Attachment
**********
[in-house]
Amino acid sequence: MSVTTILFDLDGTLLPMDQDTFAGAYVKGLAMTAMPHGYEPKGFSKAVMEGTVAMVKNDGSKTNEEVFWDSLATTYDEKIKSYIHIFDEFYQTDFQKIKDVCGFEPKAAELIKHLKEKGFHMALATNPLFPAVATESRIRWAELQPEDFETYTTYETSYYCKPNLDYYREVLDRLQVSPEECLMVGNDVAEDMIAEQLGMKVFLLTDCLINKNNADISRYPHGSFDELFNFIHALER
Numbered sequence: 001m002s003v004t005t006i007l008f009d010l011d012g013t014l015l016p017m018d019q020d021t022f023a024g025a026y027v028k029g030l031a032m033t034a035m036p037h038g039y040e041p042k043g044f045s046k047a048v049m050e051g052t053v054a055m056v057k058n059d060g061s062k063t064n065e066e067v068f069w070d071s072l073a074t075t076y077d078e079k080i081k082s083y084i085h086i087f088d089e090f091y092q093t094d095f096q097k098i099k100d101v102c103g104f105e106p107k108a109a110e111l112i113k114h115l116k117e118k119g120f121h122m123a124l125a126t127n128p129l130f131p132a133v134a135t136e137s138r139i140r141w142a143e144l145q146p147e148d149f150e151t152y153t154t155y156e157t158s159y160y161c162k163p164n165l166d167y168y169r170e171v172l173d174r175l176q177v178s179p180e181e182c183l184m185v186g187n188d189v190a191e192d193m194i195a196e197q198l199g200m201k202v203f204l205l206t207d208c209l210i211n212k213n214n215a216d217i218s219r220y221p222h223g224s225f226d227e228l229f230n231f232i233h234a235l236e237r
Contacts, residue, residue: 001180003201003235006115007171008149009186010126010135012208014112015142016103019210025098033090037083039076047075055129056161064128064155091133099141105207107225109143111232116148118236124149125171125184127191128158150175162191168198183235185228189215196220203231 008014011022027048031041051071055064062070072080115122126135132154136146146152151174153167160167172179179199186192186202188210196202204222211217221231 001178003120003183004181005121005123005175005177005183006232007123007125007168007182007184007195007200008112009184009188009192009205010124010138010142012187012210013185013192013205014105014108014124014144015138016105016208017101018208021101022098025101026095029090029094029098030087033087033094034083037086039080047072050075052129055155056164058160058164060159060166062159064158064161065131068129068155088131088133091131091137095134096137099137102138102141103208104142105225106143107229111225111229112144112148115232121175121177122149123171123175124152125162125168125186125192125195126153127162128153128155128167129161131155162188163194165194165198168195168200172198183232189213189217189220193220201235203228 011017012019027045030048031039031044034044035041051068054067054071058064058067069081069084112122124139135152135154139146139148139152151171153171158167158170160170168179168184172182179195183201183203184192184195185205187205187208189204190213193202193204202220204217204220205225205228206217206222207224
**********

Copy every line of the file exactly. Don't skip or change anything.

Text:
[in-house]
Amino acid sequence: MSVTTILFDLDGTLLPMDQDTFAGAYVKGLAMTAMPHGYEPKGFSKAVMEGTVAMVKNDGSKTNEEVFWDSLATTYDEKIKSYIHIFDEFYQTDFQKIKDVCGFEPKAAELIKHLKEKGFHMALATNPLFPAVATESRIRWAELQPEDFETYTTYETSYYCKPNLDYYREVLDRLQVSPEECLMVGNDVAEDMIAEQLGMKVFLLTDCLINKNNADISRYPHGSFDELFNFIHALER
Numbered sequence: 001m002s003v004t005t006i007l008f009d010l011d012g013t014l015l016p017m018d019q020d021t022f023a024g025a026y027v028k029g030l031a032m033t034a035m036p037h038g039y040e041p042k043g044f045s046k047a048v049m050e051g052t053v054a055m056v057k058n059d060g061s062k063t064n065e066e067v068f069w070d071s072l073a074t075t076y077d078e079k080i081k082s083y084i085h086i087f088d089e090f091y092q093t094d095f096q097k098i099k100d101v102c103g104f105e106p107k108a109a110e111l112i113k114h115l116k117e118k119g120f121h122m123a124l125a126t127n128p129l130f131p132a133v134a135t136e137s138r139i140r141w142a143e144l145q146p147e148d149f150e151t152y153t154t155y156e157t158s159y160y161c162k163p164n165l166d167y168y169r170e171v172l173d174r175l176q177v178s179p180e181e182c183l184m185v186g187n188d189v190a191e192d193m194i195a196e197q198l199g200m201k202v203f204l205l206t207d208c209l210i211n212k213n214n215a216d217i218s219r220y221p222h223g224s225f226d227e228l229f230n231f232i233h234a235l236e237r
Contacts, residue, residue: 001180003201003235006115007171008149009186010126010135012208014112015142016103019210025098033090037083039076047075055129056161064128064155091133099141105207107225109143111232116148118236124149125171125184127191128158150175162191168198183235185228189215196220203231 008014011022027048031041051071055064062070072080115122126135132154136146146152151174153167160167172179179199186192186202188210196202204222211217221231 001178003120003183004181005121005123005175005177005183006232007123007125007168007182007184007195007200008112009184009188009192009205010124010138010142012187012210013185013192013205014105014108014124014144015138016105016208017101018208021101022098025101026095029090029094029098030087033087033094034083037086039080047072050075052129055155056164058160058164060159060166062159064158064161065131068129068155088131088133091131091137095134096137099137102138102141103208104142105225106143107229111225111229112144112148115232121175121177122149123171123175124152125162125168125186125192125195126153127162128153128155128167129161131155162188163194165194165198168195168200172198183232189213189217189220193220201235203228 011017012019027045030048031039031044034044035041051068054067054071058064058067069081069084112122124139135152135154139146139148139152151171153171158167158170160170168179168184172182179195183201183203184192184195185205187205187208189204190213193202193204202220204217204220205225205228206217206222207224